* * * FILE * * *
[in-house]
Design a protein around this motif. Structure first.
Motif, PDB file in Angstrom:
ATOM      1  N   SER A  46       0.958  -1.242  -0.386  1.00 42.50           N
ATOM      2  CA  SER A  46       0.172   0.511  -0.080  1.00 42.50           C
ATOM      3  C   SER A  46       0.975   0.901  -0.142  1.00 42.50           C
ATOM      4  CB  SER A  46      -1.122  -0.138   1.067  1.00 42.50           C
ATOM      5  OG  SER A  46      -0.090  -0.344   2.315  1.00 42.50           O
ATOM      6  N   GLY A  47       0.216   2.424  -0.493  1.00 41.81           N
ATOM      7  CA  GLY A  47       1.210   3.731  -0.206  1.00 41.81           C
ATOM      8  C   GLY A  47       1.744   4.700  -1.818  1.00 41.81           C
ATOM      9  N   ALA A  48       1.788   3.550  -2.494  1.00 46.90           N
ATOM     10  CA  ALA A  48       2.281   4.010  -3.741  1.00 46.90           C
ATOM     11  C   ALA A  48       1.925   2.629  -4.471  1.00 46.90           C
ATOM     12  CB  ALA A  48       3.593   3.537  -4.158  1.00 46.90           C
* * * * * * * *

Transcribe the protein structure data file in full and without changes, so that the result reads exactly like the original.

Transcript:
[in-house]
Design a protein around this motif. Structure first.
Motif, PDB file in Angstrom:
ATOM      1  N   SER A  46       0.958  -1.242  -0.386  1.00 42.50           N
ATOM      2  CA  SER A  46       0.172   0.511  -0.080  1.00 42.50           C
ATOM      3  C   SER A  46       0.975   0.901  -0.142  1.00 42.50           C
ATOM      4  CB  SER A  46      -1.122  -0.138   1.067  1.00 42.50           C
ATOM      5  OG  SER A  46      -0.090  -0.344   2.315  1.00 42.50           O
ATOM      6  N   GLY A  47       0.216   2.424  -0.493  1.00 41.81           N
ATOM      7  CA  GLY A  47       1.210   3.731  -0.206  1.00 41.81           C
ATOM      8  C   GLY A  47       1.744   4.700  -1.818  1.00 41.81           C
ATOM      9  N   ALA A  48       1.788   3.550  -2.494  1.00 46.90           N
ATOM     10  CA  ALA A  48       2.281   4.010  -3.741  1.00 46.90           C
ATOM     11  C   ALA A  48       1.925   2.629  -4.471  1.00 46.90           C
ATOM     12  CB  ALA A  48       3.593   3.537  -4.158  1.00 46.90           C